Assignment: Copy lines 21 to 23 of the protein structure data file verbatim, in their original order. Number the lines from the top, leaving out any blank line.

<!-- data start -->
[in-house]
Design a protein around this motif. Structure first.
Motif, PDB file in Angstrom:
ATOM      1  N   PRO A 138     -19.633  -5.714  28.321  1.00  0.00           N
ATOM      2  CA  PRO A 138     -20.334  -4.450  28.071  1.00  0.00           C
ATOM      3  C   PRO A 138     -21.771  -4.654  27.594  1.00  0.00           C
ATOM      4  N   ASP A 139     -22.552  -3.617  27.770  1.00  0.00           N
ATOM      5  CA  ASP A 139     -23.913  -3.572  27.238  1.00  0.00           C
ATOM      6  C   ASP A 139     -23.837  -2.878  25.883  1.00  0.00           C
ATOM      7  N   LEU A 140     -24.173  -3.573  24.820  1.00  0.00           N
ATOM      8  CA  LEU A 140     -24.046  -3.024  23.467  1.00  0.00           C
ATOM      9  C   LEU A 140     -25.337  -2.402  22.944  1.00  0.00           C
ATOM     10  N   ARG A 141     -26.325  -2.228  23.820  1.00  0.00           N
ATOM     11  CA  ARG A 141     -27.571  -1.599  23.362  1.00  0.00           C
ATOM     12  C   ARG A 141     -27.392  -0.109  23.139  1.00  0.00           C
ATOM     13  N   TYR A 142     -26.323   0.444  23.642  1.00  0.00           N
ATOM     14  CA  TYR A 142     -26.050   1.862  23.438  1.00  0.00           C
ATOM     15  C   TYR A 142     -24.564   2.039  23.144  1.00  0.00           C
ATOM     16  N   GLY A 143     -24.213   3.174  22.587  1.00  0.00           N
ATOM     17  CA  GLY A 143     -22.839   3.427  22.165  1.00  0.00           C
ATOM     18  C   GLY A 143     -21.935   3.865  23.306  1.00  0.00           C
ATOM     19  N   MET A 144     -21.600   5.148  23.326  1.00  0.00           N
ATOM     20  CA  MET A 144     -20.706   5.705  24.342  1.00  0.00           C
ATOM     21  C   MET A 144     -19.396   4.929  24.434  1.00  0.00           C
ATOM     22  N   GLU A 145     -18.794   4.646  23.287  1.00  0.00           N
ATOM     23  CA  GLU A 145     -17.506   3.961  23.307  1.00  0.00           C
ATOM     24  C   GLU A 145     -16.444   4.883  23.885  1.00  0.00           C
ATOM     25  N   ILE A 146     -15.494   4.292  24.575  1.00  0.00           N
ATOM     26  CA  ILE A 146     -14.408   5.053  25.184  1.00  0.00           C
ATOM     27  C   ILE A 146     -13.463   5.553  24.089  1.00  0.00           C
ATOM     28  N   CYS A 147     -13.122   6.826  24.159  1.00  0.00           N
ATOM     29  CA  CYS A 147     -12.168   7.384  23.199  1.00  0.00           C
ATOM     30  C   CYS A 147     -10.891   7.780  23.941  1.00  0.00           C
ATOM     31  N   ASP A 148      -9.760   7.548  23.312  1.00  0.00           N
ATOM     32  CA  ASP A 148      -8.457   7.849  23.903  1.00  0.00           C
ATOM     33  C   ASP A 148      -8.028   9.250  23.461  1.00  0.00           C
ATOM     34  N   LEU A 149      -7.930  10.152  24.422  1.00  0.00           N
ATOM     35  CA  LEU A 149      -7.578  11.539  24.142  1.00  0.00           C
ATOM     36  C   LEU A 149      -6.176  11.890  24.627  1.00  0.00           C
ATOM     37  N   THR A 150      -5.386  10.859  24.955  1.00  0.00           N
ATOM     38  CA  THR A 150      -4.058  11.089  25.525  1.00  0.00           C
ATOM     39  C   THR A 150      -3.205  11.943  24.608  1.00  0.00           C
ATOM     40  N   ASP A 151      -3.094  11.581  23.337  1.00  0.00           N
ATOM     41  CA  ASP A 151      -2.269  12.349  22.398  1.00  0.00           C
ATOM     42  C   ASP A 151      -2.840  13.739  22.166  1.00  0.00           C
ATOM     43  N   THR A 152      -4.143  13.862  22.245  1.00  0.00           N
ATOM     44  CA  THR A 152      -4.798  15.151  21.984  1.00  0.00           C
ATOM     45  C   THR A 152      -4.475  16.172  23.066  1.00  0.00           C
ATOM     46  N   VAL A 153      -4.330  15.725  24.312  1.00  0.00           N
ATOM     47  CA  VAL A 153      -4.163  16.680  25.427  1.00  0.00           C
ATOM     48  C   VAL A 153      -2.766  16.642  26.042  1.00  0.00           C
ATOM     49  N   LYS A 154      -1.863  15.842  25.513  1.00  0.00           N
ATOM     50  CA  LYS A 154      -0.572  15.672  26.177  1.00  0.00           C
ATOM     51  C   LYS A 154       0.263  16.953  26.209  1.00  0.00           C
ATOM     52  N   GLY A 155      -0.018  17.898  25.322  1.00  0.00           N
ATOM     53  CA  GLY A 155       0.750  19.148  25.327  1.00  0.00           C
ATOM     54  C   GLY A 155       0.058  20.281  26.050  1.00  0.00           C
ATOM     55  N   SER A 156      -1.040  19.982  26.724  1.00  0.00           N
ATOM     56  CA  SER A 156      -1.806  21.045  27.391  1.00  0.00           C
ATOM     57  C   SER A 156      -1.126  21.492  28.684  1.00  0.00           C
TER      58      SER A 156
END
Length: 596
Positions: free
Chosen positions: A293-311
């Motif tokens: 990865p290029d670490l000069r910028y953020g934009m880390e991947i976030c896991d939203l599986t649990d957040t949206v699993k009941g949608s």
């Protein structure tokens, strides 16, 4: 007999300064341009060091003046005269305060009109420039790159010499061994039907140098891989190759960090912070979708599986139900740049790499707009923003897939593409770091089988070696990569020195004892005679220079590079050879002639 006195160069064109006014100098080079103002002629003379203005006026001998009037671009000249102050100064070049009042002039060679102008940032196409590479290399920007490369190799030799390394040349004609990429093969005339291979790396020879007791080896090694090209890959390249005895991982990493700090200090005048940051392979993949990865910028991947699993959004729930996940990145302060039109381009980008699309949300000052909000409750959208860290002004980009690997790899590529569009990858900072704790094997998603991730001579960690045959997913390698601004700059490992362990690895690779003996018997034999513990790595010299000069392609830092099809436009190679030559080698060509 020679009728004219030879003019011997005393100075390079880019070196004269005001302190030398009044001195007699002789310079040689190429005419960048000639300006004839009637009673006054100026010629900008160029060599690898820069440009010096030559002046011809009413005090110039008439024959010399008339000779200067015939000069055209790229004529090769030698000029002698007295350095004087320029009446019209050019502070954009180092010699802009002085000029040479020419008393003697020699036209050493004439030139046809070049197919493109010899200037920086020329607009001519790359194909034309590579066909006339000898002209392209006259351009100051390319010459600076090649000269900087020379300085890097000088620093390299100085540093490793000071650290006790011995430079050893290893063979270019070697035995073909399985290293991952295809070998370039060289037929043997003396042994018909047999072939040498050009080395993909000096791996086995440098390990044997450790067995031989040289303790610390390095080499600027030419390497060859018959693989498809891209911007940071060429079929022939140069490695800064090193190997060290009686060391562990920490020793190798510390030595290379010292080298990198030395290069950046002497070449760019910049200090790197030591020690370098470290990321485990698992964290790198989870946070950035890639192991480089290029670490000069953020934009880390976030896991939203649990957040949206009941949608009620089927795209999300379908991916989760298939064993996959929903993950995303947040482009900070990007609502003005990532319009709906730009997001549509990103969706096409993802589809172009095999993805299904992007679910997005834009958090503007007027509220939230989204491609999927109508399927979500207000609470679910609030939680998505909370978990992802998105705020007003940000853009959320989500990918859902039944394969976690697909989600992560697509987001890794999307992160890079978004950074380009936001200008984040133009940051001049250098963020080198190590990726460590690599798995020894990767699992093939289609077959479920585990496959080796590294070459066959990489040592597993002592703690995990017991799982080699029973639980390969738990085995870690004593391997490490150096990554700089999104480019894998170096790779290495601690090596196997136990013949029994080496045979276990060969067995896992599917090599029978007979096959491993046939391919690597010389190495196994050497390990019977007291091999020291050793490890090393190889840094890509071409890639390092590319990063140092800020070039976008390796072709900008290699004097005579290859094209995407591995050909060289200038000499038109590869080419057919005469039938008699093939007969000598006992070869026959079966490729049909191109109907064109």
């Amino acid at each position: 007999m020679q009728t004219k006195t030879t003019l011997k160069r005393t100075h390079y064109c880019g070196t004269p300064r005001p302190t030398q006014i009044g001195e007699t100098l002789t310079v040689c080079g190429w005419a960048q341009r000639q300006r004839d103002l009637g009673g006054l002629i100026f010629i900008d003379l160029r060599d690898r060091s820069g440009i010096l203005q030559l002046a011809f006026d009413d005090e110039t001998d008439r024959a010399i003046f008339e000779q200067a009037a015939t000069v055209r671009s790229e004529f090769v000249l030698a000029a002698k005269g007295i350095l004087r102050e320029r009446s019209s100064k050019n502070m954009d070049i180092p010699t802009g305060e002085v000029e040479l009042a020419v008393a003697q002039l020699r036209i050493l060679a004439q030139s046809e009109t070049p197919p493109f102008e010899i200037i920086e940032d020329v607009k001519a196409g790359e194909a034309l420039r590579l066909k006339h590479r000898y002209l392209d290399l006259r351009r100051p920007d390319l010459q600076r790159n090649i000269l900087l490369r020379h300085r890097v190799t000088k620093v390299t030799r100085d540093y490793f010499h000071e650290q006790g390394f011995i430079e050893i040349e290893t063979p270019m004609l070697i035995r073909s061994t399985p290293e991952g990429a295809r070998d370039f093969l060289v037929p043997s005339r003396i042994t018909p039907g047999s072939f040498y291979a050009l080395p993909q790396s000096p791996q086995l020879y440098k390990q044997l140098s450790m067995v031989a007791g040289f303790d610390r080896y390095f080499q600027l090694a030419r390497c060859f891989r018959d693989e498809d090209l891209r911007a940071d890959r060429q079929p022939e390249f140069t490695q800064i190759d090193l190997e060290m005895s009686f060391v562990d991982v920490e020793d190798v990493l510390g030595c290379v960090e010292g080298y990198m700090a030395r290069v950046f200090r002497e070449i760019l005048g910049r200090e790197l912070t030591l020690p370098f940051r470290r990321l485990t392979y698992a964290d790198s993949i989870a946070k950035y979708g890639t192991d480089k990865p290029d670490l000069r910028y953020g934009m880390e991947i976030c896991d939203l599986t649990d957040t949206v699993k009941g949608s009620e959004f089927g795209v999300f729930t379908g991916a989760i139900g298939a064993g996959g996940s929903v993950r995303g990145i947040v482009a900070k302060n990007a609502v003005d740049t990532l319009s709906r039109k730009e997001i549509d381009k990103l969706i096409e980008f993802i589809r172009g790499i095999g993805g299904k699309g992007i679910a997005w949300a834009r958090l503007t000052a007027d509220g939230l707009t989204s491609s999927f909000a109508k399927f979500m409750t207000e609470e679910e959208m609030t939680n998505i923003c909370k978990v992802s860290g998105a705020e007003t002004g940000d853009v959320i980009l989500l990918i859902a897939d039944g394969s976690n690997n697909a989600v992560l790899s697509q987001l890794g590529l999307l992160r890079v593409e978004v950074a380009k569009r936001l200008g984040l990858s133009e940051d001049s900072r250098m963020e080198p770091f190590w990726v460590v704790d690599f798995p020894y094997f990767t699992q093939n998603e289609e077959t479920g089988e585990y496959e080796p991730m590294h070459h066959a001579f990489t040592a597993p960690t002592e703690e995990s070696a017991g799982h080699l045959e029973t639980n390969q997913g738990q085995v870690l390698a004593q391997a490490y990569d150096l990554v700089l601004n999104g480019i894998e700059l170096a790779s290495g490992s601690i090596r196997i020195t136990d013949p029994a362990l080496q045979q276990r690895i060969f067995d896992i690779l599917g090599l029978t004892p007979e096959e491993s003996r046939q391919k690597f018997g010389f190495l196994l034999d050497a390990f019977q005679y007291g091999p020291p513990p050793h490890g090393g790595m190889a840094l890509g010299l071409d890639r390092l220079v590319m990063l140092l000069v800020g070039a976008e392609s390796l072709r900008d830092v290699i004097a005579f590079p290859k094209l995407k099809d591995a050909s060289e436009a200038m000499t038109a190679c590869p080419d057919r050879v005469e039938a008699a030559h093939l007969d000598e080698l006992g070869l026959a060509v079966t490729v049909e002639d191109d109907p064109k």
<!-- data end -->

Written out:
ATOM     18  C   GLY A 143     -21.935   3.865  23.306  1.00  0.00           C
ATOM     19  N   MET A 144     -21.600   5.148  23.326  1.00  0.00           N
ATOM     20  CA  MET A 144     -20.706   5.705  24.342  1.00  0.00           C